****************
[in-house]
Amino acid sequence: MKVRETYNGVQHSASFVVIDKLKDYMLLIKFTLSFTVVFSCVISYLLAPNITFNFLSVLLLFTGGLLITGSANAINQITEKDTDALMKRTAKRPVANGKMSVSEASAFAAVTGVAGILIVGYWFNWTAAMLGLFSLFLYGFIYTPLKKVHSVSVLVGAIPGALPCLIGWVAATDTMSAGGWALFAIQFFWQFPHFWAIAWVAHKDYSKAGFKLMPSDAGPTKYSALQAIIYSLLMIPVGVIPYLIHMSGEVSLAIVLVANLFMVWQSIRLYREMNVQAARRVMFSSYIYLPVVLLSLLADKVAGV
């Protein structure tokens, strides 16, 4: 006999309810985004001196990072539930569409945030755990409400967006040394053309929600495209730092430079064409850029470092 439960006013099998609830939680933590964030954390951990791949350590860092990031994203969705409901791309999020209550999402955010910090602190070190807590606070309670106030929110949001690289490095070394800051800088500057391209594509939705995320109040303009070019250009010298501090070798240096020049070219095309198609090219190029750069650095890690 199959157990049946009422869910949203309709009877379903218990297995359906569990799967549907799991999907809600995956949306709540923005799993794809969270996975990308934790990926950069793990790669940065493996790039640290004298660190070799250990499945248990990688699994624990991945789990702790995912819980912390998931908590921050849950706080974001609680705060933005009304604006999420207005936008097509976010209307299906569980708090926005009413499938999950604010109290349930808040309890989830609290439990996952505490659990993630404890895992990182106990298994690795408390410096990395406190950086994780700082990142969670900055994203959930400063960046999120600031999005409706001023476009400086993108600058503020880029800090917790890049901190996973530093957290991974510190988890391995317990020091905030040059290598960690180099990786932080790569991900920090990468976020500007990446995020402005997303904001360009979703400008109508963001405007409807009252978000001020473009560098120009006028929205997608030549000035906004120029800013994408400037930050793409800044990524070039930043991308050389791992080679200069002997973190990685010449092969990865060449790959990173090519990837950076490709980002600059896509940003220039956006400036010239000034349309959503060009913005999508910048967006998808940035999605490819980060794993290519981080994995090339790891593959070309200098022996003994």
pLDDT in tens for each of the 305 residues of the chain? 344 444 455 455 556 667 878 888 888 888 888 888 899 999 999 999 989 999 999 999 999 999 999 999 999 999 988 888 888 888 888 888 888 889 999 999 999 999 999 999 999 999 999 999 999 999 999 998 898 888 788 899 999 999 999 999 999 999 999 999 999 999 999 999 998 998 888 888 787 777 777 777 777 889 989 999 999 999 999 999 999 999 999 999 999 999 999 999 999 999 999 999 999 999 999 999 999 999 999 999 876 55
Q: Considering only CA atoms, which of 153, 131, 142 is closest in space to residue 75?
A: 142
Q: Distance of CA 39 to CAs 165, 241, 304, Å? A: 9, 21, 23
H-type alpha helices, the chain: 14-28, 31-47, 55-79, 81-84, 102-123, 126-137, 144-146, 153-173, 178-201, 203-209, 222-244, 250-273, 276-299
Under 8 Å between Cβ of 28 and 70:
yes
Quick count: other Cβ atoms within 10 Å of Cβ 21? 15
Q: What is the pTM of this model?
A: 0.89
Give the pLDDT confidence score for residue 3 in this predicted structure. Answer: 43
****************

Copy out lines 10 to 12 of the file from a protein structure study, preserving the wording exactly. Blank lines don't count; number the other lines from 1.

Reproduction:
yes
Quick count: other Cβ atoms within 10 Å of Cβ 21? 15
Q: What is the pTM of this model?